The Dakota Access Pipeline’s crossing of the Missouri River near the northeast corner of the Standing Rock Sioux Reservation is on hold (thanks, President Obama!), but protests led by and supporting the people of Standing Rock and other American Indian tribes continue.
Tonight at 6 p.m. in Sioux Falls, opponents of the Dakota Access Pipeline (which runs about four miles south of Sioux Falls city limits as it skirts Hartford, Tea, and Harrisburg) will meet at Van Eps and march to Falls Park to show their solidarity with the protestors/protectors camped out at the Cannonball–Missouri confluence in North Dakota. The march starts at 6 p.m.; protestors will rally at Falls Park at 6:30.
Organizers will collect supplies for the protest camp. An update posted this morning by Julie Tibbetts says the camp has plenty of water, school supplies, toilet paper, medical supplies, and clothes but can use more tents, tent stakes, ropes, blankets, sleeping bags, socks, coats, gloves and hats, tarps, and chairs.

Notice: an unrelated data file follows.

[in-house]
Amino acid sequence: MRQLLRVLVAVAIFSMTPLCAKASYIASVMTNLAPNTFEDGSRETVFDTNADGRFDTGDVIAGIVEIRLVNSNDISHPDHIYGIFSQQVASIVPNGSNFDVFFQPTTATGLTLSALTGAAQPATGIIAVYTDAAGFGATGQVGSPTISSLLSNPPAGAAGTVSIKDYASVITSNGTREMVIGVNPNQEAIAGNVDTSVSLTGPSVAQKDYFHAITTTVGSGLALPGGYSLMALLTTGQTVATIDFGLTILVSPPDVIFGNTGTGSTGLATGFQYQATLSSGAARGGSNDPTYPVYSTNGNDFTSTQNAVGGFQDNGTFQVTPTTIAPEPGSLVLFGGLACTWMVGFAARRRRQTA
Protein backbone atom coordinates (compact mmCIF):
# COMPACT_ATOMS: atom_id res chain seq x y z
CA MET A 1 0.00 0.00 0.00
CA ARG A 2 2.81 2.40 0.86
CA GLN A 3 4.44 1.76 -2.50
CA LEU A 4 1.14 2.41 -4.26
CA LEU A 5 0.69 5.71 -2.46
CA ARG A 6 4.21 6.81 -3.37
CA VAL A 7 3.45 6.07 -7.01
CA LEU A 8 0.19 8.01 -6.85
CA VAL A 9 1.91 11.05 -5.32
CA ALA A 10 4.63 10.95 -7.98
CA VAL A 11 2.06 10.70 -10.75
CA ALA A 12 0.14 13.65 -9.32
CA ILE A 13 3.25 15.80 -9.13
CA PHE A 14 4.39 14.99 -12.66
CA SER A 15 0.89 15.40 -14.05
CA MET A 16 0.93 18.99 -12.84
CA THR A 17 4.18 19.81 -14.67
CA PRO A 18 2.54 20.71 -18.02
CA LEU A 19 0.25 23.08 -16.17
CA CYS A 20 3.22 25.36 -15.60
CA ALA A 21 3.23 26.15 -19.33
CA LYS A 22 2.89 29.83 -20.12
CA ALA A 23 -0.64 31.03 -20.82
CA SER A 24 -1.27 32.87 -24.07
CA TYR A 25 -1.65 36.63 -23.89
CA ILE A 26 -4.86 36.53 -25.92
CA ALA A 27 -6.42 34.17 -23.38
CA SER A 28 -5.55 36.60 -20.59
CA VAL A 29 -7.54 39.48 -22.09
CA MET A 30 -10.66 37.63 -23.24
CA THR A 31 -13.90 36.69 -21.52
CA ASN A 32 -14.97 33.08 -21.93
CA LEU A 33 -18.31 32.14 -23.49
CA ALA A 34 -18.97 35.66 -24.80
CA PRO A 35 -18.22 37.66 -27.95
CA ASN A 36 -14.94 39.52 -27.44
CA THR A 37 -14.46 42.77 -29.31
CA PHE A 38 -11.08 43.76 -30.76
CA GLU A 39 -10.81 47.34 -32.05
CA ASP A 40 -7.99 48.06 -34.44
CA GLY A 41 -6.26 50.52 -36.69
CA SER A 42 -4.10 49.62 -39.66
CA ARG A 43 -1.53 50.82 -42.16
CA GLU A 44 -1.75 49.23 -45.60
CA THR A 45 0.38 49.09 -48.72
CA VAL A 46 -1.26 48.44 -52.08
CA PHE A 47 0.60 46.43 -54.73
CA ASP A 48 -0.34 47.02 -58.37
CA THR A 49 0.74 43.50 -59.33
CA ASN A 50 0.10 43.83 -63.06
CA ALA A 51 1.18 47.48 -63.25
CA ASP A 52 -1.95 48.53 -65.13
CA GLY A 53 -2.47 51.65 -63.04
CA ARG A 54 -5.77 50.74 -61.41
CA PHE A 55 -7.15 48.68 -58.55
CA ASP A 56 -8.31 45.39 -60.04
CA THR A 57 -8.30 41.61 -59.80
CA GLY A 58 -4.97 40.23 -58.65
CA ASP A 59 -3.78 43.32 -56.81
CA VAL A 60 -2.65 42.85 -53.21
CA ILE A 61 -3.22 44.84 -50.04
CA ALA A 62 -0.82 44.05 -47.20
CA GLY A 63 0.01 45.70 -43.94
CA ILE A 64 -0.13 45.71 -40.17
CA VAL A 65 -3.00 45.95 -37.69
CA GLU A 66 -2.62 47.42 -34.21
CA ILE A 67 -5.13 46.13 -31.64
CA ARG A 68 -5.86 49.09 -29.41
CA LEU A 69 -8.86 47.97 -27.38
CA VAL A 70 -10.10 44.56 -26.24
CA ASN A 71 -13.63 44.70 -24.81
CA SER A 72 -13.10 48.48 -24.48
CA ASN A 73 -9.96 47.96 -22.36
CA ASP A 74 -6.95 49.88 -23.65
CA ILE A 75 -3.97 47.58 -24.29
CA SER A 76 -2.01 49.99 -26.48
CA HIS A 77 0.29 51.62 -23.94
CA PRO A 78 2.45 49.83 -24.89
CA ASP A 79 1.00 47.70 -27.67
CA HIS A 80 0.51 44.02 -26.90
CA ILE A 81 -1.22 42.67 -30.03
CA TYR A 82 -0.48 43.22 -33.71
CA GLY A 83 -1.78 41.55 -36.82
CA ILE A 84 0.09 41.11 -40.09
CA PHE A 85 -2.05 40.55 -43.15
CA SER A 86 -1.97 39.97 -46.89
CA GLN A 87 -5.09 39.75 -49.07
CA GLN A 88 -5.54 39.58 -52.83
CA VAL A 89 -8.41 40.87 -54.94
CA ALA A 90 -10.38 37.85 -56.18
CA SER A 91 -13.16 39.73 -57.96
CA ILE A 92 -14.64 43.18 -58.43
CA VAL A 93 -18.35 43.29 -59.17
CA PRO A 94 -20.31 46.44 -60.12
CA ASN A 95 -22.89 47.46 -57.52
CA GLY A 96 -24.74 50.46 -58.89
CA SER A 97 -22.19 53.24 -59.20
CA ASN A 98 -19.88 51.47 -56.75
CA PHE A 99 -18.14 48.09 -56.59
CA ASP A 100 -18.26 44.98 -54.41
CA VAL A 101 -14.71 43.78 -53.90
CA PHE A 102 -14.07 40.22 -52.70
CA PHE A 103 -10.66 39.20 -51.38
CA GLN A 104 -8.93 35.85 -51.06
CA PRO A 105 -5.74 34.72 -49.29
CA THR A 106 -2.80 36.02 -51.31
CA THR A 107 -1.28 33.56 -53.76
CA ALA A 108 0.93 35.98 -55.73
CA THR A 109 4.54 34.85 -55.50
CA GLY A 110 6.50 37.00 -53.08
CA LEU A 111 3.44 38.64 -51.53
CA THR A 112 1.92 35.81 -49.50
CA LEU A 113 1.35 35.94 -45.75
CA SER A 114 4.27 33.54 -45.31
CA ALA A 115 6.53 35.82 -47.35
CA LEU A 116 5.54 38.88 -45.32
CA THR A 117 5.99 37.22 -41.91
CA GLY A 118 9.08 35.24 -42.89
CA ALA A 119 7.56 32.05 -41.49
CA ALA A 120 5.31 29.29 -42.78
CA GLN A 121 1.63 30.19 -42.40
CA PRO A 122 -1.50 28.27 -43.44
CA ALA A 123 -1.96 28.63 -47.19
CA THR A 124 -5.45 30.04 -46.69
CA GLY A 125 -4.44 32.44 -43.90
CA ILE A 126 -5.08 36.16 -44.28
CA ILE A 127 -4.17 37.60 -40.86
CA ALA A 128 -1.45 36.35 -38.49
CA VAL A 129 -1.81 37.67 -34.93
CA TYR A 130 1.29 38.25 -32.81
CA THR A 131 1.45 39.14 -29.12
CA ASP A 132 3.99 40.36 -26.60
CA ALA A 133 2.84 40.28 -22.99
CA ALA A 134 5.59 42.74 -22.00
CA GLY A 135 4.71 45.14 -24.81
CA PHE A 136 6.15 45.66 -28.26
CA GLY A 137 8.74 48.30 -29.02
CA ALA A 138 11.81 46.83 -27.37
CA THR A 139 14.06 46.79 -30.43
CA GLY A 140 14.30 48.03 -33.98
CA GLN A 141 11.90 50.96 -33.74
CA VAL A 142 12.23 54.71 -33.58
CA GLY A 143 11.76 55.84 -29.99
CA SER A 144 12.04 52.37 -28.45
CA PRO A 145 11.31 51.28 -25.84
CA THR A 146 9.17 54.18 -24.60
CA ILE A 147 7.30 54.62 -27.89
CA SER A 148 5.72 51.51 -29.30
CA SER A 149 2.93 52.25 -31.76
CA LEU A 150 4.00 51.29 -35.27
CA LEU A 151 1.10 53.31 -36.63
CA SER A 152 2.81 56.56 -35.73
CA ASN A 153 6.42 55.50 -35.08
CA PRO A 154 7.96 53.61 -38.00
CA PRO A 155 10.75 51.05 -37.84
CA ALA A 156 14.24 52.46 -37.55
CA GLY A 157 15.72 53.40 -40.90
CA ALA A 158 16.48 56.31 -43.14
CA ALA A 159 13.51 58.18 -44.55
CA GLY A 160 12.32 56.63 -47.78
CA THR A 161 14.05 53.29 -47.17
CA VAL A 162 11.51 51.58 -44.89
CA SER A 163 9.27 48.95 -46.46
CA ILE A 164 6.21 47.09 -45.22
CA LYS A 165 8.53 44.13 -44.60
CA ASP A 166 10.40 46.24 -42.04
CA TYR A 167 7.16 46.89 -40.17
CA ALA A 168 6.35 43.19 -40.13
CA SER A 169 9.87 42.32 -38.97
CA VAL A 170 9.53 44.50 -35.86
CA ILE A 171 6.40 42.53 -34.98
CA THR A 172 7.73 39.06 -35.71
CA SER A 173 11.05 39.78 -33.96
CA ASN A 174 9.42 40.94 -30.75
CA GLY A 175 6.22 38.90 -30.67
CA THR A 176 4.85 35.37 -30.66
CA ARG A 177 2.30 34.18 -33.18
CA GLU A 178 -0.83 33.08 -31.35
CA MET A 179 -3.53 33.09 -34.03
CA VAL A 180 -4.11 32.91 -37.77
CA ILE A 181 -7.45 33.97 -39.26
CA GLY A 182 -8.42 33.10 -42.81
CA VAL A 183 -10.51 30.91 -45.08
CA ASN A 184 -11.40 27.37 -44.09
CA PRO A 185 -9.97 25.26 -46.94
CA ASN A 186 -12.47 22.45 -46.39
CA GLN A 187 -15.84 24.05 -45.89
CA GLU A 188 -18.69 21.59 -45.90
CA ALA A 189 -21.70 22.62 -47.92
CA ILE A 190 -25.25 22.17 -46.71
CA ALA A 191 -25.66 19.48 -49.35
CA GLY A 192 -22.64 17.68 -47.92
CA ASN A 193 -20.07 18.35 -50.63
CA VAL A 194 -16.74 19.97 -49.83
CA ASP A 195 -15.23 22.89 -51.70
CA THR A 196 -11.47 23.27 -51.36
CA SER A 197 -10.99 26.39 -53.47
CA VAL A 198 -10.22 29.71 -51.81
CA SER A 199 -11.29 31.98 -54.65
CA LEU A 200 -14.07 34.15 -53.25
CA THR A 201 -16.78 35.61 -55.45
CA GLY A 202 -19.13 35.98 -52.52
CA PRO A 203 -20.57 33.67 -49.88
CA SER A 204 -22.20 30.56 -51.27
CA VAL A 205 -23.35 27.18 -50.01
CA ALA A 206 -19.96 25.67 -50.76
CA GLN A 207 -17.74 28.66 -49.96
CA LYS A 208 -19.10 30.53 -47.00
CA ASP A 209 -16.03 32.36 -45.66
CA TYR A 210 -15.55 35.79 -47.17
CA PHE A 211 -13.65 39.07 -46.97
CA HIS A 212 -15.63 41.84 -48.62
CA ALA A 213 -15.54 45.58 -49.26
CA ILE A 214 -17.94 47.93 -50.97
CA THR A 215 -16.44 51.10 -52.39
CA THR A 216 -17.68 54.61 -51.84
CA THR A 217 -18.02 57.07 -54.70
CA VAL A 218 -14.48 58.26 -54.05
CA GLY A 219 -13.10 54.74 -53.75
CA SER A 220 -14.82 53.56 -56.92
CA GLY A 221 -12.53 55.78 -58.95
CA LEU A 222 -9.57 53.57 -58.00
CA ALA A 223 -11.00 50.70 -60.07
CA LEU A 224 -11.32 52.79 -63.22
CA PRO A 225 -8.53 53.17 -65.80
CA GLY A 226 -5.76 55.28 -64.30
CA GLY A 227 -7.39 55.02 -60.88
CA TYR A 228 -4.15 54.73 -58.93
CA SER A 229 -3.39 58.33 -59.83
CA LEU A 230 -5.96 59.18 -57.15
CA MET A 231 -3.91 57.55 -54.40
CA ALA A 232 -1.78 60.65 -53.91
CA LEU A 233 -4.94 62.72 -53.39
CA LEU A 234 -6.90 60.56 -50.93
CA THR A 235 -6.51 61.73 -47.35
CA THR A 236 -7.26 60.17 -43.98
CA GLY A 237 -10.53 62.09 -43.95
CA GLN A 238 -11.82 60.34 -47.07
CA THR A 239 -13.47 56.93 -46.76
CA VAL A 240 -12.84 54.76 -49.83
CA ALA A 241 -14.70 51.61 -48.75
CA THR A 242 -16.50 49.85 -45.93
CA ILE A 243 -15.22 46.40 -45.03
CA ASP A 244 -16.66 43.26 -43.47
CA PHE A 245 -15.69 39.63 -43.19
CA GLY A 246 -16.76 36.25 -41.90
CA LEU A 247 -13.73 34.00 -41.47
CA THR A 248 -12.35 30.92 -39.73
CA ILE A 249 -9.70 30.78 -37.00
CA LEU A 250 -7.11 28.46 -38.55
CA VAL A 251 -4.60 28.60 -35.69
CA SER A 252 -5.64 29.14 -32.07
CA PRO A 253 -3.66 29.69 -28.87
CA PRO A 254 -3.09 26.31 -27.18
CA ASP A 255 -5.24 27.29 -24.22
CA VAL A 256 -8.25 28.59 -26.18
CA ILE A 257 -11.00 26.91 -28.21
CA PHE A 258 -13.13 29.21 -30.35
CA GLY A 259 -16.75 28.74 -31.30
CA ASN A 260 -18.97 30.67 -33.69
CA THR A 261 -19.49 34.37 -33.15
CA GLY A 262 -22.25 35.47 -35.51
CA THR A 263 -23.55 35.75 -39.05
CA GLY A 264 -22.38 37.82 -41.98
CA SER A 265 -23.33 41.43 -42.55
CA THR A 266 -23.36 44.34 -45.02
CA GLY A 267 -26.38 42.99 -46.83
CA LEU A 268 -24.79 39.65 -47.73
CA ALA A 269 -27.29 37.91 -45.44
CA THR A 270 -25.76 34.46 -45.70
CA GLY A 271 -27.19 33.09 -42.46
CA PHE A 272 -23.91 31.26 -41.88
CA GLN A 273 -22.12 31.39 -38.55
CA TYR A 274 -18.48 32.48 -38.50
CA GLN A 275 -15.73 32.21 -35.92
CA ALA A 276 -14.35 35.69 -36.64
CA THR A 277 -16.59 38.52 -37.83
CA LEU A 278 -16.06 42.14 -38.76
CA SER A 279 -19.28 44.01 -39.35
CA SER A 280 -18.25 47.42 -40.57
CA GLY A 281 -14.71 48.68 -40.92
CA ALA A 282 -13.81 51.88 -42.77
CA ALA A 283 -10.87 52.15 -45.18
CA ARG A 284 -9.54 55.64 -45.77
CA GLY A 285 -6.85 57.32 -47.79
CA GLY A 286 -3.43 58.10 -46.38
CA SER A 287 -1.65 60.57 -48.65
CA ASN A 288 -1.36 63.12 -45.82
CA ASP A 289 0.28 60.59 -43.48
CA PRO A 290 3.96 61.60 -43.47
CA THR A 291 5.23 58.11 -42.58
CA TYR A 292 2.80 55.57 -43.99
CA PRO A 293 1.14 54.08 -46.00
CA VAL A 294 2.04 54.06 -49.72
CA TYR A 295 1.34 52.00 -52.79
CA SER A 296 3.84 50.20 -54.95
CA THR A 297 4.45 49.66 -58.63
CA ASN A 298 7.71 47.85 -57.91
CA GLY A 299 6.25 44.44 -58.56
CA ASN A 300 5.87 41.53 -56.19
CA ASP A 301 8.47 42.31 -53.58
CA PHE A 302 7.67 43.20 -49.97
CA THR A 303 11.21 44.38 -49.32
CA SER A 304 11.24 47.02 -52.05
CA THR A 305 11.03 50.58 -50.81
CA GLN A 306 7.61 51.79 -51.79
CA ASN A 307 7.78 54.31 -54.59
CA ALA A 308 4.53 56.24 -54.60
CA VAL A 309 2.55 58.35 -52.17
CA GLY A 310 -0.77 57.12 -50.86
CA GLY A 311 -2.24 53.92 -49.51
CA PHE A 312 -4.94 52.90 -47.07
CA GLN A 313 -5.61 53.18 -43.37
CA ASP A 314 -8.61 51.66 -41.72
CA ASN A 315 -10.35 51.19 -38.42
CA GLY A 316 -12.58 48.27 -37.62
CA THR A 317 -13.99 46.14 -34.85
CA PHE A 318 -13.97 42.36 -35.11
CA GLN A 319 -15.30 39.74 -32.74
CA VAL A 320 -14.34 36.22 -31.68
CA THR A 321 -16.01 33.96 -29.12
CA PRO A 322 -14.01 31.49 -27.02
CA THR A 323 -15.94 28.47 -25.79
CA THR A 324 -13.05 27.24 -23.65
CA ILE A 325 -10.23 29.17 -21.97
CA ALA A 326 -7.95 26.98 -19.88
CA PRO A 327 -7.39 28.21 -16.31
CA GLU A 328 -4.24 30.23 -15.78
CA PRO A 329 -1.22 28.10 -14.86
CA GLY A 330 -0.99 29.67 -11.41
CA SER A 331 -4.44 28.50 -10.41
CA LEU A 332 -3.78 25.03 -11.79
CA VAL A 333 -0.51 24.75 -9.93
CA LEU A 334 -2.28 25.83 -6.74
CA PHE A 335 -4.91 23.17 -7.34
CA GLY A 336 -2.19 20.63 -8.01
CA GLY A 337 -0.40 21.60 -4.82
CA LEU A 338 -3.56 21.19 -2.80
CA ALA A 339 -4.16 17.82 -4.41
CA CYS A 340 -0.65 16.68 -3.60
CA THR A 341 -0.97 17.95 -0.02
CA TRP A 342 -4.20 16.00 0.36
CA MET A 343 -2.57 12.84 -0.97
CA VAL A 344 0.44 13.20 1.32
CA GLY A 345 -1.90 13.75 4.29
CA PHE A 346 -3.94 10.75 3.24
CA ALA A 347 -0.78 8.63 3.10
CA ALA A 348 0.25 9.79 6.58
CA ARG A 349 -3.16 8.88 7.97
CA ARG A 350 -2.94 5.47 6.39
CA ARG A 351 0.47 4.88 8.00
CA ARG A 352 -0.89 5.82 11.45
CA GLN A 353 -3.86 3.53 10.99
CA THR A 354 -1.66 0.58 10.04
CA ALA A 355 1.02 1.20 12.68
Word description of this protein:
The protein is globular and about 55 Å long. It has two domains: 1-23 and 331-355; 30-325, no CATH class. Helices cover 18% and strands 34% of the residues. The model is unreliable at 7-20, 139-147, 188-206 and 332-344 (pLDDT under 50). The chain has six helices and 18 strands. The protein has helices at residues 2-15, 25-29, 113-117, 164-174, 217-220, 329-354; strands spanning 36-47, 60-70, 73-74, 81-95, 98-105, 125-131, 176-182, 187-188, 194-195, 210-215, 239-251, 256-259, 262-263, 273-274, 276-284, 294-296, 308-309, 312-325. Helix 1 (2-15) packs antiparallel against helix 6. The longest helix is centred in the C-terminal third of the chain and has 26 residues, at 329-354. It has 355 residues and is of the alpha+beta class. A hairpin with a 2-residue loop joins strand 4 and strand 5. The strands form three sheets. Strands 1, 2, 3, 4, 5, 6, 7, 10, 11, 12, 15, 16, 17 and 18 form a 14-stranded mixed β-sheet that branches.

Among other speakers, rallygoers at Falls Park will hear from Lake County organic farmer Charlie Johnson, whose farming operation has been disrupted by Dakota Access and whose opposition to the pipeline has led Dakota Access officials to treat him with less consideration than other, more acquiescent South Dakotans along the pipeline route.
According to the most recent Dakota Access Pipeline weekly compliance report filed with the PUC, as of August 31, Dakota Access had finished laying pipe and backfilling the trench along 100% of two of three “spreads” in South Dakota and was engaged in clean-up and hydrotesting. Ditching and lowering-in/backfill remained to be done on less than 9% of the third spread. Dakota Access anticipates finishing horizontal directional drilling under the Big Sioux River this week.